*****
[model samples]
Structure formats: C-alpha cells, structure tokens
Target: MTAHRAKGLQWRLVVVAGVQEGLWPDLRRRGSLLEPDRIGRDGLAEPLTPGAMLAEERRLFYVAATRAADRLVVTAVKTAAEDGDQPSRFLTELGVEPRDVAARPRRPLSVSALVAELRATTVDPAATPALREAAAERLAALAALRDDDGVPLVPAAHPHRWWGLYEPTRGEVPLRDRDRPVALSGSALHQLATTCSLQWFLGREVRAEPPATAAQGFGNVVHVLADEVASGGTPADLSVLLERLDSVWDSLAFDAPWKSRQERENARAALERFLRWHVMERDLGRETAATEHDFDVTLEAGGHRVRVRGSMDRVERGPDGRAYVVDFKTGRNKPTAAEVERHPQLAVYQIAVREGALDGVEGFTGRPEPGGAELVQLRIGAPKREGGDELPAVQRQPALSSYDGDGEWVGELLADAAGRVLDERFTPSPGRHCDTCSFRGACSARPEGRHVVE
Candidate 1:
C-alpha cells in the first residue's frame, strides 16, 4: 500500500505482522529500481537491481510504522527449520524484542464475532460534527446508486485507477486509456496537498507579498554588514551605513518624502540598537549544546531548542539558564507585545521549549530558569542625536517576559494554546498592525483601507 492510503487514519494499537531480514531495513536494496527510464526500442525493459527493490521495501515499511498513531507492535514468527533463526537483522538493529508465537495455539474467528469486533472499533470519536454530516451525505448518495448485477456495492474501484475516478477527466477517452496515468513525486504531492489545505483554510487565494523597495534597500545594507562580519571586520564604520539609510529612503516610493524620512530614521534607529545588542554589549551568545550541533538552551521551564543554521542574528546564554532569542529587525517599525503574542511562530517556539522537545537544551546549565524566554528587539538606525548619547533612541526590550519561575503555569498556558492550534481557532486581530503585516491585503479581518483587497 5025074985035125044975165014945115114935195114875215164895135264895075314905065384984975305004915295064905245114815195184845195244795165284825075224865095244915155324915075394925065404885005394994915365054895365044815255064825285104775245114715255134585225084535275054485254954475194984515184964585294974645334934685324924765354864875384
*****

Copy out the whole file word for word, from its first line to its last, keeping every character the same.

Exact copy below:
[model samples]
Structure formats: C-alpha cells, structure tokens
Target: MTAHRAKGLQWRLVVVAGVQEGLWPDLRRRGSLLEPDRIGRDGLAEPLTPGAMLAEERRLFYVAATRAADRLVVTAVKTAAEDGDQPSRFLTELGVEPRDVAARPRRPLSVSALVAELRATTVDPAATPALREAAAERLAALAALRDDDGVPLVPAAHPHRWWGLYEPTRGEVPLRDRDRPVALSGSALHQLATTCSLQWFLGREVRAEPPATAAQGFGNVVHVLADEVASGGTPADLSVLLERLDSVWDSLAFDAPWKSRQERENARAALERFLRWHVMERDLGRETAATEHDFDVTLEAGGHRVRVRGSMDRVERGPDGRAYVVDFKTGRNKPTAAEVERHPQLAVYQIAVREGALDGVEGFTGRPEPGGAELVQLRIGAPKREGGDELPAVQRQPALSSYDGDGEWVGELLADAAGRVLDERFTPSPGRHCDTCSFRGACSARPEGRHVVE
Candidate 1:
C-alpha cells in the first residue's frame, strides 16, 4: 500500500505482522529500481537491481510504522527449520524484542464475532460534527446508486485507477486509456496537498507579498554588514551605513518624502540598537549544546531548542539558564507585545521549549530558569542625536517576559494554546498592525483601507 492510503487514519494499537531480514531495513536494496527510464526500442525493459527493490521495501515499511498513531507492535514468527533463526537483522538493529508465537495455539474467528469486533472499533470519536454530516451525505448518495448485477456495492474501484475516478477527466477517452496515468513525486504531492489545505483554510487565494523597495534597500545594507562580519571586520564604520539609510529612503516610493524620512530614521534607529545588542554589549551568545550541533538552551521551564543554521542574528546564554532569542529587525517599525503574542511562530517556539522537545537544551546549565524566554528587539538606525548619547533612541526590550519561575503555569498556558492550534481557532486581530503585516491585503479581518483587497 5025074985035125044975165014945115114935195114875215164895135264895075314905065384984975305004915295064905245114815195184845195244795165284825075224865095244915155324915075394925065404885005394994915365054895365044815255064825285104775245114715255134585225084535275054485254954475194984515184964585294974645334934685324924765354864875384